It is difficult to believe that the current BMW 7 Series has been with us for over five years since its launch in the UK in March 2002.
Billed as BMW’s flagship model the 7 Series has a lot to live up to, the previous model had a shelf life of nearly eight years. We tested the 7 Series to see if BMW set the benchmark in flagship executive cars, with their attention to driving dynamics.
When the BMW 7 Series was first introduced to the UK there wasn’t a diesel model, but with the diesel powered Mercedes Benz S Class C320 CDi accounting for over 50% of all S Class sales, BMW knew there was a market for a luxury diesel executive saloons and soon introduced their diesel V6 2993 cc engine to the 7 Series line up.
Of course now all the major executive car producers have a diesel model within their range, from Audi to Jaguar, you will find a diesel option. Diesel engines in executive cars make perfect economic sense, sub 20 mpg is no longer an option with increasing fuel prices, and now that most diesel engines are nearly as refined and as quick, if not quicker than their petrol equivalent it makes perfect driving sense.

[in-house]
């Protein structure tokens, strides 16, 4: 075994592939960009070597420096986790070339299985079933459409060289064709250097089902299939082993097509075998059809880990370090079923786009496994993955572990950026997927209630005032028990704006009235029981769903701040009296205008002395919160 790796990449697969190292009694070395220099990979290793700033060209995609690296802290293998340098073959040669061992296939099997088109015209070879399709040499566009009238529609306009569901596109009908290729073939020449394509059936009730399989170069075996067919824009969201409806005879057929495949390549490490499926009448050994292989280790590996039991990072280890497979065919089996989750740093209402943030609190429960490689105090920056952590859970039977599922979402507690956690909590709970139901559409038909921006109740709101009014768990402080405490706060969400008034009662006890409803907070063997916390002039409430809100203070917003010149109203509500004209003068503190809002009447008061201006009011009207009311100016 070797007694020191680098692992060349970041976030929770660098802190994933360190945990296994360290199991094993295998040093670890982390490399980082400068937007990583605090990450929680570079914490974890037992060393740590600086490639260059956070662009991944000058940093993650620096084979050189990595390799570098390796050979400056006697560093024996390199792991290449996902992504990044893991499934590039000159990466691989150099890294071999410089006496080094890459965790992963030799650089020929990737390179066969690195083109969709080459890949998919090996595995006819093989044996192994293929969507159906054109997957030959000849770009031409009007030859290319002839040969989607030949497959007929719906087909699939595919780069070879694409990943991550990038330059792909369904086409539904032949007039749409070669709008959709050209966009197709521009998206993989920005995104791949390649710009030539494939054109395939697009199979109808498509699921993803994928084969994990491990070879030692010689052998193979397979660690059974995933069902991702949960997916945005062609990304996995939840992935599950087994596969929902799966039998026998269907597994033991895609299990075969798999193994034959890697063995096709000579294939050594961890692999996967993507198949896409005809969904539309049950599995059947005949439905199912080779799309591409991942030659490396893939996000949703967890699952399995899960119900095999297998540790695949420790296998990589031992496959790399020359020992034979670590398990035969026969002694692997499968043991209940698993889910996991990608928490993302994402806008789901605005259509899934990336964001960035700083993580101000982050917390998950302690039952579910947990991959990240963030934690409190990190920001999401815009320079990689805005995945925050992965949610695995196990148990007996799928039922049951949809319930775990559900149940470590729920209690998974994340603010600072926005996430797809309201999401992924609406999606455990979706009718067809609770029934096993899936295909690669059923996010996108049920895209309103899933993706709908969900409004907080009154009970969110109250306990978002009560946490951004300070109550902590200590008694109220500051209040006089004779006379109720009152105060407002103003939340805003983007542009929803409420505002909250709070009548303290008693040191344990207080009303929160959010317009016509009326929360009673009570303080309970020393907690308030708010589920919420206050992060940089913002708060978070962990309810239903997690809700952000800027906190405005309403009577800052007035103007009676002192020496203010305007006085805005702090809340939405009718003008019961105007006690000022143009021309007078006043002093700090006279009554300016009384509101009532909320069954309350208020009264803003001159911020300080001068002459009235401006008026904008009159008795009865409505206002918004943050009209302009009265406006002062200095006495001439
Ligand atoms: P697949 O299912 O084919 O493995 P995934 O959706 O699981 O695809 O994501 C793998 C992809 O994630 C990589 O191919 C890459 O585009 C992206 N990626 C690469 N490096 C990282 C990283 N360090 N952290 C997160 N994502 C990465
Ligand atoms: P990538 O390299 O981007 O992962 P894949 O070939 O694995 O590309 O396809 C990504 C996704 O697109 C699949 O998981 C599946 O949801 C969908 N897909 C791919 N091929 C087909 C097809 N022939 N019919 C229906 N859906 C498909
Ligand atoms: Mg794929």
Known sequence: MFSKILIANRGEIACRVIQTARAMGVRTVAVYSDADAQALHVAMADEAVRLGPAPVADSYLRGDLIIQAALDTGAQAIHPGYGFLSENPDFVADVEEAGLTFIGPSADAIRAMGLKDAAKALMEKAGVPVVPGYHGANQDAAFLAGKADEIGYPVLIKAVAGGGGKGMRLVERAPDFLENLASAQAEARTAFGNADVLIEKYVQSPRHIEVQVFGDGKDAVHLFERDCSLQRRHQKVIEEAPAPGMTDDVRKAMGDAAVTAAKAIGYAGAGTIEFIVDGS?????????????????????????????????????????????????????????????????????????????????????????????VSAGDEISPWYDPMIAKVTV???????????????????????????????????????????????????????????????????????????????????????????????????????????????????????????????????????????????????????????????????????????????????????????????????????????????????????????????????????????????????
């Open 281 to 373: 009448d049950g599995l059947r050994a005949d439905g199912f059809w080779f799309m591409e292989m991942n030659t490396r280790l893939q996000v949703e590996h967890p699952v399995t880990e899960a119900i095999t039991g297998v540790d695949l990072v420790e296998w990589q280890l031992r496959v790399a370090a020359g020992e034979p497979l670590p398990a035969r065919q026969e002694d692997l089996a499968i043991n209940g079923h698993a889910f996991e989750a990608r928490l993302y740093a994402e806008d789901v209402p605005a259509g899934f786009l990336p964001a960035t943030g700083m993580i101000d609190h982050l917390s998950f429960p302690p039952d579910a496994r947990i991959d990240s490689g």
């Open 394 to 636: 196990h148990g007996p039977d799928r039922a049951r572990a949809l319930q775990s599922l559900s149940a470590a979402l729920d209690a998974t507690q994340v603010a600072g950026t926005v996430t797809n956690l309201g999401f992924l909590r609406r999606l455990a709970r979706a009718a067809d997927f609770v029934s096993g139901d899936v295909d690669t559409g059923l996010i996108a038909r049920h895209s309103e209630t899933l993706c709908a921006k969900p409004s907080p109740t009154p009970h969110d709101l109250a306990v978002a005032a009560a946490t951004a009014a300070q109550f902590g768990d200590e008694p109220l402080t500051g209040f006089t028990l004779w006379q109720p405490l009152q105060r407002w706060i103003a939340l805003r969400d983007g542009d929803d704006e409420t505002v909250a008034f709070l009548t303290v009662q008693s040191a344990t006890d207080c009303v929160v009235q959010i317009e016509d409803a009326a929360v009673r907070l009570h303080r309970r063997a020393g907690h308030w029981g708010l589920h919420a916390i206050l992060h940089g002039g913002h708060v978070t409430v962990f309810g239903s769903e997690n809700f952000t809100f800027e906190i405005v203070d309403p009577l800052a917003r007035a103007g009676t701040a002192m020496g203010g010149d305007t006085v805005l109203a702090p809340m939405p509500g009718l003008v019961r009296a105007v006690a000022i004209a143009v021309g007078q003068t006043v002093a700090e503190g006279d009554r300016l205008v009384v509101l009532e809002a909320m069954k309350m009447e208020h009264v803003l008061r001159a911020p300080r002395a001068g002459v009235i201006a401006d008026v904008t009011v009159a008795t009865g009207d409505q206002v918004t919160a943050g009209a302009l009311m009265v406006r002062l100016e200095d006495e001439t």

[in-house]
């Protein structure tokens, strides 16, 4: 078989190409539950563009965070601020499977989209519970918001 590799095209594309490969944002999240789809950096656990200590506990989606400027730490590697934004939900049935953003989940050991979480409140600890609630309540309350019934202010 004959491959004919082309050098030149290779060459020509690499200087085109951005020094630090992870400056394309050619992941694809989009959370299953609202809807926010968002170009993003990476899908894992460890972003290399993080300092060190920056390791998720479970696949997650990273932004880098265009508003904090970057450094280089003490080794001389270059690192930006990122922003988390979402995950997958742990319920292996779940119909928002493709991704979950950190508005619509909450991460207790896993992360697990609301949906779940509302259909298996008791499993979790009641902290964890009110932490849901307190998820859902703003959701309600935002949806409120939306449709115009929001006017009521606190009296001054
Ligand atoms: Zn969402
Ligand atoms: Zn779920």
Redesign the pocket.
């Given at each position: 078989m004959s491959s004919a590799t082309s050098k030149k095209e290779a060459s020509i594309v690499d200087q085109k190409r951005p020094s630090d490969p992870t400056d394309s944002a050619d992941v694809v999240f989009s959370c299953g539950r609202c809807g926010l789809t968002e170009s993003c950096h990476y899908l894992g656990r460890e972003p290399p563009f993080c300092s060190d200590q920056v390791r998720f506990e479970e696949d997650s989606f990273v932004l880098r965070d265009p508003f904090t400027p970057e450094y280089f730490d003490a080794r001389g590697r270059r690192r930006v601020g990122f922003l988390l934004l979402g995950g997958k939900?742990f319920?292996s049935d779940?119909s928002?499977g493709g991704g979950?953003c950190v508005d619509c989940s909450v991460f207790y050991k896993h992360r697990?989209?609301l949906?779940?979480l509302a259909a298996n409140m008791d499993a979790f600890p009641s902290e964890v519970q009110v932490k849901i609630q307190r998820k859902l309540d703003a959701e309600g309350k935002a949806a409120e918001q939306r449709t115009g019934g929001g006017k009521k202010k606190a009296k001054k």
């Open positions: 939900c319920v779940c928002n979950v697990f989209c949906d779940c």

The diesel powered 730d range now accounts for around 56% of all 7-Series sales, we opted to drive the long wheel base BMW 730Ld SE.How It Drove - Performance
The BMW 7 Series is available with a choice of four petrol engines the V6 2996cc (730i), V8 4000cc (740i), V8 4799cc (750i), and V12 5972cc (760i) - plus one diesel engine the V6 2993 cc, fitted to the 730d range.
We opted for the diesel engine, which probably makes the most economic sense - our variant was the long wheel base BMW 730Ld SE.
To ensure its popularity, the 730d engine has been extensively revised and it now benefits from an all-aluminum cylinder block that reduces the weight of the engine by 25kgs. As a result of this weight reduction and BMW's new third-generation common rail diesel technology (that includes piezo-injectors, a faster and more efficient form of injection); power is increased by 12 per cent to 228bhp at 4,000rpm while torque is four per cent higher at 520Nm, developed between 2,000 and 2,750rpm.
The top speed of the BMW 730Ld is an academic 148 mph, with 0-62 mph being achieved in a respectable 7.9 seconds. The 730Ld closest competitor is the Mercedes Benz 320 CDi, which can outpace the BMW with 0-62 mph being reached in 7.5 seconds and a top speed of 155 mph.
This is a 13-year+ news article, from our BMW archive, which dates back to the year 2000.
If in doubt check with your local BMW dealer as car prices and technical data will have changed since 2008.
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